That is what has kept me from switching to a mid shelter. Whats the point if it's soaked inside from entry/exit.
I have seen others use a separate fly over the door to offer the same coverage. It didn't look like it changed the tension of the pitch, but only trying it would tell for sure.
-TimMar 3, 2009 at 7:53 pm #1482489
David GoodyearBPL Member
I have been looking at making one of these for a while. I have no winter shelter and cant part with 5 bills.
What do you think?
P.S. Tim you could rig a couple of clips to fold the beak over to shut the mesh door in a bad blowing snow storm. This would keep the blowing snow out. The beak in full extention would keep the rain out as you enter and leave. I would even suggest that you design the beak to come out farther and lower and make the mid higher and more tipi like. What do you think?Mar 3, 2009 at 8:48 pm #1482516
My hope for the infrequent rain here is that opening half the door, zipped 2/3 of the way to the peak will wet only a small portion of the interior. One of my early thoughts was a second pole right at the front to create a vertical endwall, but again that's getting more complicated for the occasional shower. I'm back to a floorless shelter with small groundcloths, so we could arrange ourselves to leave the area near the door clear. Certainly a small tarp could be rigged to keep rain off, but I'd rather not have it part of the standard setup for the normally dry weather here.
The reasons to go floorless are threefold:
1. Shoes. Especially if we're escaping into the tent to quickly escape mosquitoes or rain, the kids being able to enter with shoes on is a big plus.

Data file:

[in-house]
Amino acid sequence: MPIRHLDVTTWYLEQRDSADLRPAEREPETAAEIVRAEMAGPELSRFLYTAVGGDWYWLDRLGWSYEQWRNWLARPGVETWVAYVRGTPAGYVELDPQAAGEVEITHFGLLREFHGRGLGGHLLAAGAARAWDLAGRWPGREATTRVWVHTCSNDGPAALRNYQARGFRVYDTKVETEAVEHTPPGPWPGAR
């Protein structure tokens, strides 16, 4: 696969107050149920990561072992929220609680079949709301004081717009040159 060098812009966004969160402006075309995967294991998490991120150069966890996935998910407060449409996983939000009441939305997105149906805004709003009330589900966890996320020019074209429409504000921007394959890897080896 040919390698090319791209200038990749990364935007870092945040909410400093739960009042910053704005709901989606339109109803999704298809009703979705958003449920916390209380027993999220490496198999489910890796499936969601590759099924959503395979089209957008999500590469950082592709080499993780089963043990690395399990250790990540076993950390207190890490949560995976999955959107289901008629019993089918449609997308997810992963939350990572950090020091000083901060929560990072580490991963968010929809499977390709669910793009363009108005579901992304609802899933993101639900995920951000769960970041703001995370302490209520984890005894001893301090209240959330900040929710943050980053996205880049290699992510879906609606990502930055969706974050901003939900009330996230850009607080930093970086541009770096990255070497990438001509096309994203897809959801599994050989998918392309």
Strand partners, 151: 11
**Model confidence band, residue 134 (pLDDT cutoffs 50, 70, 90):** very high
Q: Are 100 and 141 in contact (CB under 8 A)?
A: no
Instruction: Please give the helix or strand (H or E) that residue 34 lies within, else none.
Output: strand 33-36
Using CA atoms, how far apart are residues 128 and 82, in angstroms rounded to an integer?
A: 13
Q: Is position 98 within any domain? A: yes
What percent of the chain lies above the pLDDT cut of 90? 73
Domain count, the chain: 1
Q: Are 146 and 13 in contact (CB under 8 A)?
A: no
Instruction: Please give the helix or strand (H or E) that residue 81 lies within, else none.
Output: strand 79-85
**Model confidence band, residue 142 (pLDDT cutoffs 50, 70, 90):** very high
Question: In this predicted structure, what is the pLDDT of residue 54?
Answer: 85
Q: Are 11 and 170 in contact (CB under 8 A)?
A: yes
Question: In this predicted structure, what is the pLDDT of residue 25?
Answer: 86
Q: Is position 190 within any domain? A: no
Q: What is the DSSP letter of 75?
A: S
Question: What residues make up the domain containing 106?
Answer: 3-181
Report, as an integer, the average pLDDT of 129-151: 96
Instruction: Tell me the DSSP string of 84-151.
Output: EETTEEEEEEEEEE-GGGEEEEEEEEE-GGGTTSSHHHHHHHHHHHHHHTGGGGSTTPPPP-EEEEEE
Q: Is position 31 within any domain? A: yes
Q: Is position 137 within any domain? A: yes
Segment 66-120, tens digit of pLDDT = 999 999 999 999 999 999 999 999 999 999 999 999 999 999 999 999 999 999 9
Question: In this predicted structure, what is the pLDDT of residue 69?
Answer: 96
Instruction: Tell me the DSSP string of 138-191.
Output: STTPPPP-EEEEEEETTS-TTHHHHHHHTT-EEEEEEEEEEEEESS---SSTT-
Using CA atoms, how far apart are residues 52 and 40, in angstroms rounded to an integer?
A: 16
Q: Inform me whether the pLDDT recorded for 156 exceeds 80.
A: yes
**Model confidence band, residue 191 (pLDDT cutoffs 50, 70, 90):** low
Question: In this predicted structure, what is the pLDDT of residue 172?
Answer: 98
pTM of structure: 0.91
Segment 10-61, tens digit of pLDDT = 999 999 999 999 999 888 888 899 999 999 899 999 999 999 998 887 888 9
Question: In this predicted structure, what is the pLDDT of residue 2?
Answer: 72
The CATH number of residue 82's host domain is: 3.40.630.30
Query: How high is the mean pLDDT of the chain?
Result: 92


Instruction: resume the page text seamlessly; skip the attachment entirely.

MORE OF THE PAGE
2. Flexible setup/takedown. Especially in wet weather the ability to set up the roof and get inside quickly seems a good idea.
3. Bed wetting. It's getting less frequent, but a certain child sometimes lets loose. He did a good job of flooding the tent when it happened camping. A synthetic topbag and separate groundsheet seems a good way to contain the problem.Mar 3, 2009 at 9:33 pm #1482523
@kegelhoffLocale: Southern Cal
Very practical and great looking design. I had looked at making a new cuben shelter this year and wanted to do something similar to your design but extend the beak section even further and use the second hiking pole as the support for the beak. I have some pretty crazy ideas on how all the walls are going to be made using lots of no-seeum for the double wall and venting similar to your door but on all four walls. Having built my first all Cuben shelter, VENTING is something that must be really well thought out well in your design!
Soooo, when are you going to start playing in Cuben so I don't have to build this thing and can just have YOU make it for me???
KevinMar 3, 2009 at 9:46 pm #1482525
Nick GatelBPL Member
@ngatelLocale: Southern California
One of the drawbacks or the pryamids is the need to put the single pole in the middle of your sleeping area. Have you considered something of an offset, which might make it easier to design the 2nd pole to pull out the beak and enable the extra ventilation. You might want to check out some the manufacturers and see if there is a design that you can adapt.
But what I would consider is a large silnylon tarp, maybe 8 X 16, and you could just use an A-frame setup. Only issue would be getting a tight enough tarpline. But there lots of possibilities… and again, we are not handling your insect issue, which would require netting. I think geometrically you will get much more square footage of living space/sq foot of material with an A-frame. Plus it would be easier to design. Just brainstorming here for you. :)Mar 3, 2009 at 11:18 pm #1482539
My existing double-wall pyramid is 7' square and the center pole has never really been a problem. The 10×10 pyramid with edges 6" off the ground ought to give at least 8×8 of usable space.
I'm hoping that using a symmetrical pyramid and short guys I can adjust the center pole to combat sag, vs. having to go outside to adjust 16 guy lines like I do now!Mar 4, 2009 at 12:18 am #1482547
Rod LawlorBPL Member
Just a tarp for when it rains. A diamond shape will give you the best bang for your buck weight wise, but a bigger rectangle will help the livability in rain HUGELY. (Check the avatar)